Pumpkin pie doesn’t have to be the only dessert invited to Thanksgiving this year. Go beyond the classics and get ready to try cakes, puddings, and trifles.
For Amber Snyder, owner of Sweet Dreams Bakery, dessert on Thanksgiving means pumpkin, but not in pie. Baking since childhood, she bakes a pumpkin cake with cinnamon cream cheese frosting for her holiday dessert.
“It’s a simple cake, but it’s so good,” Snyder said. Another family favorite comes from her southern roots in North Carolina – banana pudding. This simple dessert is made with vanilla pudding, vanilla wafers, and sliced bananas.
Snyder also suggested chocolate cake as a tasty Thanksgiving dessert. “You can’t go wrong with chocolate any time of the year,” she said.
For any sort of cake, like her pumpkin cake, Snyder recommended completely cooling the cake before applying the cream cheese frosting. Her advice is based off personal experience, when she applied the frosting too soon and it melted into the cake.
“It wasn’t pretty,” Snyder said with a laugh, “But it was good.”
Dannalee Nordhagen, co-owner of SmallCakes located at Rushmore Crossings, offers a twist on the traditional pumpkin pie.
“We make something a little different that we call a ka-pi,” Nordhagen said. “We bake a pie into a cake.”
The process involves taking a precooked pie, pouring some cake batter in the bottom of a pan, placing the pie upside down in the pan, and then adding the rest of the cake batter. This two-desserts-in-one dish gets baked together and then topped with frosting.
The ka-pi is popular with customers, especially when someone has been tasked with bringing the dessert for the holiday meal and they want something specialized and unique, explained Nordhagen.
Offering classic Thanksgiving flavors — ka-pi combinations include pumpkin pie in a vanilla cake, pecan pie in a German chocolate cake, or cherry pie paired with chocolate cake.
Nordhagen also offers holiday flavored cupcakes, which is another option for dessert. Some popular flavors includes sweet potato with marshmallows on top, pecan pie, pumpkin cheesecake, pumpkin ale, and eggnog cheesecake cupcakes.
At the Millstone Restaurant on West Main, Jeannie Tobias, day shift supervisor, offers a wide selection of pies and cobblers to tempt anyone’s taste buds. “It’s a given that there will be pumpkin pie, but dessert can really be whatever tradition you want to have in your family,” Tobias said.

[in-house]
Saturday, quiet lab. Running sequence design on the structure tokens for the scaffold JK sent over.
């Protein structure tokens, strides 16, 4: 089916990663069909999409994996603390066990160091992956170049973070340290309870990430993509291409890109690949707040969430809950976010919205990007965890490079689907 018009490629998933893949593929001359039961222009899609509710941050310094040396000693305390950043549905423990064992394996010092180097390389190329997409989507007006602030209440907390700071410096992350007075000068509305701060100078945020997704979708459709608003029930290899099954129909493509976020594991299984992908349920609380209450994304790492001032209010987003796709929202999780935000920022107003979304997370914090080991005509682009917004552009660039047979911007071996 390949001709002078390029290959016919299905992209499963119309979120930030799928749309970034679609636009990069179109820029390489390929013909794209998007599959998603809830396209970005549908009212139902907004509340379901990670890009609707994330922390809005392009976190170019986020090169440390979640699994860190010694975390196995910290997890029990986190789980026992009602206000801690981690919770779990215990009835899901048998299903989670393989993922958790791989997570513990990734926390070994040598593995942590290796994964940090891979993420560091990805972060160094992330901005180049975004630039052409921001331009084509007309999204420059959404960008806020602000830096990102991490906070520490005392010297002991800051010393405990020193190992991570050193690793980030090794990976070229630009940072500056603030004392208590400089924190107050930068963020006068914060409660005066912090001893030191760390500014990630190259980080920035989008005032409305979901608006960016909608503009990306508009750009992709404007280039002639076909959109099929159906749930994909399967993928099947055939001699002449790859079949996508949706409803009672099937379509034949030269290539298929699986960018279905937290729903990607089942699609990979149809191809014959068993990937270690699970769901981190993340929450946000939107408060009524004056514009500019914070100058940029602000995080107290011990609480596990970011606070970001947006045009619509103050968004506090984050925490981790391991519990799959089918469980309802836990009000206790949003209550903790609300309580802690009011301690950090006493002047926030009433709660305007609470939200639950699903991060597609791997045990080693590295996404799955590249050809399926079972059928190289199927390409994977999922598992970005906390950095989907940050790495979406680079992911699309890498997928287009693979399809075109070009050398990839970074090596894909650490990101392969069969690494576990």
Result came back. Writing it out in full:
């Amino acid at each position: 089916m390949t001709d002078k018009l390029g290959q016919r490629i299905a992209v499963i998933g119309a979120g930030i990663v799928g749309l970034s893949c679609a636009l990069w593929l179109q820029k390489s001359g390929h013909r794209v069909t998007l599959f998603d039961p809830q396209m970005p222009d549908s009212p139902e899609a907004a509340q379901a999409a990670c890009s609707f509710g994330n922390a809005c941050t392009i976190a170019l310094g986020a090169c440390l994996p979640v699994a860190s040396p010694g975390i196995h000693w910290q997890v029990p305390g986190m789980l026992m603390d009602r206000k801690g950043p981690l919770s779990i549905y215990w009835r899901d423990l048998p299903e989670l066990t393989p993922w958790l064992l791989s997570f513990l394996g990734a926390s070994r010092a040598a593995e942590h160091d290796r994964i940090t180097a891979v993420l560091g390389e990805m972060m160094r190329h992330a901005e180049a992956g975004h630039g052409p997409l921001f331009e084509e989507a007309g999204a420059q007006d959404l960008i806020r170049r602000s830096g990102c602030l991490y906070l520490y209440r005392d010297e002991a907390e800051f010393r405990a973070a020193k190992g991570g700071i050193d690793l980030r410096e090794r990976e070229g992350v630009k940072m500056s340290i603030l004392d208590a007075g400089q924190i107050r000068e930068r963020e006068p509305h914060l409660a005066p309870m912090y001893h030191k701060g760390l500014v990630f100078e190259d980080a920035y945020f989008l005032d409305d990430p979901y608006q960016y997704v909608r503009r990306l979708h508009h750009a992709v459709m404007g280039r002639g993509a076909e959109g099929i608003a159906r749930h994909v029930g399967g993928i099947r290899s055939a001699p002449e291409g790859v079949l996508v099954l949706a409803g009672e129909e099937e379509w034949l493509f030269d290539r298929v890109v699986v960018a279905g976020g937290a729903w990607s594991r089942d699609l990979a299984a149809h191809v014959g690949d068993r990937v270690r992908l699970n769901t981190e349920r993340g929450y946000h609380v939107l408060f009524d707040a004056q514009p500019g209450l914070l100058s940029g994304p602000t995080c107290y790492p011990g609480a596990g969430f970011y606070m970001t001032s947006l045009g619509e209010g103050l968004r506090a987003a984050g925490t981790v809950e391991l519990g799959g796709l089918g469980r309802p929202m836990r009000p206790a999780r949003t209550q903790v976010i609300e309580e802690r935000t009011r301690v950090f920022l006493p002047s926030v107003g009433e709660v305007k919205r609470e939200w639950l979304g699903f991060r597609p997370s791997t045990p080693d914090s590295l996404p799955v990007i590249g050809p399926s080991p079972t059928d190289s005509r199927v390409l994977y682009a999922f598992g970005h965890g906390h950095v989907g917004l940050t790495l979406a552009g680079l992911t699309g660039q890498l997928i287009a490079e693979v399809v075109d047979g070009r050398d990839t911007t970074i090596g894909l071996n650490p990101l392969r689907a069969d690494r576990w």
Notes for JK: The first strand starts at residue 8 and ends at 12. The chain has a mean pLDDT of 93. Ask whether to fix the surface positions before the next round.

Tobias’ family has a love of cheesecake and every year Tobias will try different flavors such as s’mores cheesecake and maple bacon cheesecake, both which were hits.
“My son also makes a killer trifle,” said Tobias. “And it’s so easy.” Tobias explained that her son layers freshly baked gingerbread with a mousse filling, and then tops it with homemade whipped cream. The finishing touches are cookies crumbled on top.
At the restaurant some of their offerings include peach crisp cobbler, cherry crisp cobbler, chocolate peanut butter cream pie, and raspberry cream. “We also offer a sour cream raisin cream pie, which is a favorite of seniors. It’s good,” said Tobias.
Cobblers can be a good choice for dessert, because they can be made a day or two before turkey day and then reheated. “Heat your oven to 200-250 degrees and place the cobbler in the oven when you sit down to dinner,” Tobias explained. “It will be warm by the time you’re done.”
For cream pies, she suggested making that Thanksgiving morning or the evening before if possible. “Cream pies are best fresh,” Tobias said.
Don’t be afraid to try something new, Tobias encouraged. “Don’t make something too complex though — try something easy, like making your own whipped cream for a store bought pie.”
Snyder agreed. “Keep desserts simple, because there’s so much other cooking going on.”
Pumpkin Cake with Cinnamon Cream Cheese Frosting
Recipe Submitted by Amber Snyder
2 3/4 cups all-purpose flour
1 tsp baking powder
1 tsp baking soda
3/4 tsp salt
2 tsp ground cinnamon
1/2 tsp ground nutmeg
1/2 tsp ground ginger
1 1/4 cups granulated sugar
3/4 cup packed light-brown sugar
1/2 cup unsalted butter, softened
1/2 cup vegetable or canola oil, divided
4 large eggs
3 tsp vanilla extract
1 3/4 cup canned pumpkin puree
1/2 cup 2% milk
12 oz. cream cheese, softened
3/4 cup butter, softened (I used 6 Tbsp salted 6 Tbsp unsalted)
2 tsp ground cinnamon
1 tsp vanilla extract
5 cups powdered sugar
Heat oven to 350 degrees. Prepare 3 9-inch round cake pans and line bottoms with a round of parchment paper.
In a mixing bowl whisk together flour, baking powder, baking soda, salt, cinnamon, nutmeg and ginger for 20 seconds.
Whip together butter, granulated sugar, brown sugar and 3 Tbsp of the vegetable oil until pale and fluffy (scrape down sides and bottom of bowl throughout mixing).
Mix in remaining 1/4 + 1 Tbsp vegetable oil.
Blend in eggs one at a time, adding in vanilla with last egg.
In a bowl, mix pumpkin with milk.
Working in three separate batches, beginning and ending with flour mixture, add 1/3 of the flour mixture alternating with half of the pumpkin mixture and mixing just until combined after each addition.
Divide batter among three prepared cake pans and spread batter into an even layer.
Bake in preheated oven for about 30 - 35 minutes.
Cool in cake pans 15 minutes, then invert onto wire racks to cool completely.
Once cool, frost cake with cinnamon cream cheese frosting. Enjoy!
For the frosting:
Whip together cream cheese and butter until pale and fluffy.
Add cinnamon, vanilla and powdered sugar and mix on low speed until combined, then increase to medium and whip until pale and fluffy (if frosting is runny, cover and refrigerate just until it no longer is runny before spreading on cake).